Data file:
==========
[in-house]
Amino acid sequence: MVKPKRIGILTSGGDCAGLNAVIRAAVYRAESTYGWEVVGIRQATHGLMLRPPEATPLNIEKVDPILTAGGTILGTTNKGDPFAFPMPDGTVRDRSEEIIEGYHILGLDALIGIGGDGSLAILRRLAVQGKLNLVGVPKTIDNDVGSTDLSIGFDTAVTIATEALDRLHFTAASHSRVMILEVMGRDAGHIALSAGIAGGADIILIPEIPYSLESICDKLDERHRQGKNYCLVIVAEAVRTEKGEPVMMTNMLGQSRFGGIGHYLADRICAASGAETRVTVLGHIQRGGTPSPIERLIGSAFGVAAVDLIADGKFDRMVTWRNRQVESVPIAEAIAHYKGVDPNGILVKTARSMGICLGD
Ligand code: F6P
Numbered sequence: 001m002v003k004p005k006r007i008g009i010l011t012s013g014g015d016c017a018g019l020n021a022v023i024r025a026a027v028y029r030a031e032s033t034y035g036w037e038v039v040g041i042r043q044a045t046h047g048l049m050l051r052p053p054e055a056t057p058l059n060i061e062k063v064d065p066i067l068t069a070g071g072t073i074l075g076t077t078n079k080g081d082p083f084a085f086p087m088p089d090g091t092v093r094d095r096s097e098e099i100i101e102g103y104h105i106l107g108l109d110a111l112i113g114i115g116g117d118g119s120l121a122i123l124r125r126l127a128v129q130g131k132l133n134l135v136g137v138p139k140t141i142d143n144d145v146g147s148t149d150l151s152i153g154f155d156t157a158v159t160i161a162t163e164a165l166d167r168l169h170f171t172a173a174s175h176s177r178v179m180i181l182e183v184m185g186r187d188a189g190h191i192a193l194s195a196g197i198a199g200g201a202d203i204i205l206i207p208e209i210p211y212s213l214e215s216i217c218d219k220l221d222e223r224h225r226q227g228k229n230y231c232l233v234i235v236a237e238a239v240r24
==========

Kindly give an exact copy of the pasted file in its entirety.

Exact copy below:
[in-house]
Amino acid sequence: MVKPKRIGILTSGGDCAGLNAVIRAAVYRAESTYGWEVVGIRQATHGLMLRPPEATPLNIEKVDPILTAGGTILGTTNKGDPFAFPMPDGTVRDRSEEIIEGYHILGLDALIGIGGDGSLAILRRLAVQGKLNLVGVPKTIDNDVGSTDLSIGFDTAVTIATEALDRLHFTAASHSRVMILEVMGRDAGHIALSAGIAGGADIILIPEIPYSLESICDKLDERHRQGKNYCLVIVAEAVRTEKGEPVMMTNMLGQSRFGGIGHYLADRICAASGAETRVTVLGHIQRGGTPSPIERLIGSAFGVAAVDLIADGKFDRMVTWRNRQVESVPIAEAIAHYKGVDPNGILVKTARSMGICLGD
Ligand code: F6P
Numbered sequence: 001m002v003k004p005k006r007i008g009i010l011t012s013g014g015d016c017a018g019l020n021a022v023i024r025a026a027v028y029r030a031e032s033t034y035g036w037e038v039v040g041i042r043q044a045t046h047g048l049m050l051r052p053p054e055a056t057p058l059n060i061e062k063v064d065p066i067l068t069a070g071g072t073i074l075g076t077t078n079k080g081d082p083f084a085f086p087m088p089d090g091t092v093r094d095r096s097e098e099i100i101e102g103y104h105i106l107g108l109d110a111l112i113g114i115g116g117d118g119s120l121a122i123l124r125r126l127a128v129q130g131k132l133n134l135v136g137v138p139k140t141i142d143n144d145v146g147s148t149d150l151s152i153g154f155d156t157a158v159t160i161a162t163e164a165l166d167r168l169h170f171t172a173a174s175h176s177r178v179m180i181l182e183v184m185g186r187d188a189g190h191i192a193l194s195a196g197i198a199g200g201a202d203i204i205l206i207p208e209i210p211y212s213l214e215s216i217c218d219k220l221d222e223r224h225r226q227g228k229n230y231c232l233v234i235v236a237e238a239v240r24